If you know me well by now, you'll know that picking up a bonk-buster style novel isn't usually for me. However, when I read Scandalous Lies by Nigel May (you can read my review here) I was pleasantly surprised - it was a gripping, well-written story with some added steamy sex scenes. Deadly Obsession is Nigel's new book and will be released on 19th February. I was very excited when I received a copy through NetGalley to read and eagerly started reading. 

What struck me first about Deadly Obsession is how dark and twisted it is. Nigel May usually explores tense and intriguing storylines, but this one is another level. It follows the main character Amy, who is dealing with the murder of her beloved husband, Riley. After a few months of grief, all she knew becomes questionable when she receives a hand-written letter from her dead husband, explaining he's actually alive. Amy starts to try and find out the truth- finding out on the way her husband, who she believed to be running a wealthy plastics business, was actually a high-profile gangster, running a crime empire. 

I enjoyed watching her find out the truth, even at times if it was difficult, and there were many twists and turns throughout the story that keep you on your toes. You couldn't really trust anyone, which kept me hooked.... would anyone be able to help her get to the truth?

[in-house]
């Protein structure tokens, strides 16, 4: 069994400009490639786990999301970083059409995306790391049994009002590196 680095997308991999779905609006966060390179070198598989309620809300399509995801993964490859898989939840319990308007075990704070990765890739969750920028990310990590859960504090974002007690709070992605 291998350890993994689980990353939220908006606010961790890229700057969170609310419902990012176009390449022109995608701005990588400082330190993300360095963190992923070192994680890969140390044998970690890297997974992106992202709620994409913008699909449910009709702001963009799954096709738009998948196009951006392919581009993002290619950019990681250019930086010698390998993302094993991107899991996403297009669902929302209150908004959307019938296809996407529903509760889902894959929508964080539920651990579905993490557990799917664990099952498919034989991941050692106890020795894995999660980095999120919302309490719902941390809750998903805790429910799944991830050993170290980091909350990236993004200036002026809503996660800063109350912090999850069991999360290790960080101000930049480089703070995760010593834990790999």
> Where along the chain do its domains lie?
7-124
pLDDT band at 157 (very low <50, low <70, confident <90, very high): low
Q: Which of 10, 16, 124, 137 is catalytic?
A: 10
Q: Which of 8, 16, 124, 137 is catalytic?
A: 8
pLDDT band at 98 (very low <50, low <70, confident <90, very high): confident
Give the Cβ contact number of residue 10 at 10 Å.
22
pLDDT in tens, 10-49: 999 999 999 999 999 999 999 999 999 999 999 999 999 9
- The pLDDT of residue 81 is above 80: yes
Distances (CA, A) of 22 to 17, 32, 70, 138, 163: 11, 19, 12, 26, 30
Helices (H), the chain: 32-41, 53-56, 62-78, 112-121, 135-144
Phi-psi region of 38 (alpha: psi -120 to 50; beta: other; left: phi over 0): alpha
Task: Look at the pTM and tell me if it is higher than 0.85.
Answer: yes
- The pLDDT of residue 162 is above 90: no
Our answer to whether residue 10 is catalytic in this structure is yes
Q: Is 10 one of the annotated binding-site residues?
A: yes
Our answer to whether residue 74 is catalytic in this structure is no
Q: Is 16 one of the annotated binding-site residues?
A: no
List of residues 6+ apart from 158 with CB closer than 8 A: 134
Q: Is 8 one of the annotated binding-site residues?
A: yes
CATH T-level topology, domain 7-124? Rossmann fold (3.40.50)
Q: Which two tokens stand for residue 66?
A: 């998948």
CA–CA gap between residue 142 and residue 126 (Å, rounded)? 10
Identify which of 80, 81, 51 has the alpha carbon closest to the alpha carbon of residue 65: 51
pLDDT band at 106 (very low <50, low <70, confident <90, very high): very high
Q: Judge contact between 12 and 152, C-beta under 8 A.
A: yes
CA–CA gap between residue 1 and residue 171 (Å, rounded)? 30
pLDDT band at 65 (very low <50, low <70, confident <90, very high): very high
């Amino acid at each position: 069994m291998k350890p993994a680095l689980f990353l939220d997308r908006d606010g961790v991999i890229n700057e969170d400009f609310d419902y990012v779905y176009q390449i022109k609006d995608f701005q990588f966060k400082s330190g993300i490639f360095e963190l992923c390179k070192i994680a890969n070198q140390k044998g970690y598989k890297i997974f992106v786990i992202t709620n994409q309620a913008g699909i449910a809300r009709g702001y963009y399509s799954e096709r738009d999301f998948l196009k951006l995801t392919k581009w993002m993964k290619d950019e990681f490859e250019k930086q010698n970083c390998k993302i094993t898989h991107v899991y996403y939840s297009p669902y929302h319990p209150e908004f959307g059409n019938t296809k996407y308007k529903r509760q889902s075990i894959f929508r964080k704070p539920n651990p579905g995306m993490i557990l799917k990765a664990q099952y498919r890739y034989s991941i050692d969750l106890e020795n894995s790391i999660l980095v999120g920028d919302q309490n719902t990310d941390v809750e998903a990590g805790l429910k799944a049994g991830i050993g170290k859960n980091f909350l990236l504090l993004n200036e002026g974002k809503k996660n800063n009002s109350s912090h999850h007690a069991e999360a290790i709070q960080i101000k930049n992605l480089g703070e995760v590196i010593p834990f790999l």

There is such a range of different, gritty characters throughout Deadly Obsession that keeps the story interesting. I really felt for Amy and, as time passed, Riley made me so irritated. His past is so dodgy and it's clear he's spent the whole duration of their relationship lying through his teeth. Nothing is as she thought and it's extraordinary how different his life actually was, instead of what she thought. Grant Wilson, actor mega-star and Riley's life-long rival is a charming addition to the story and I was rooting for Amy to fall for him as he seemed so kind and supportive. I will say that there are lots of characters in Deadly Obsession and occasionally it was hard to keep up, or someone would be mentioned and I'd have to think about who they were and how they fit into the story. However, after a while I got into it and began to remember how the large cast fit together.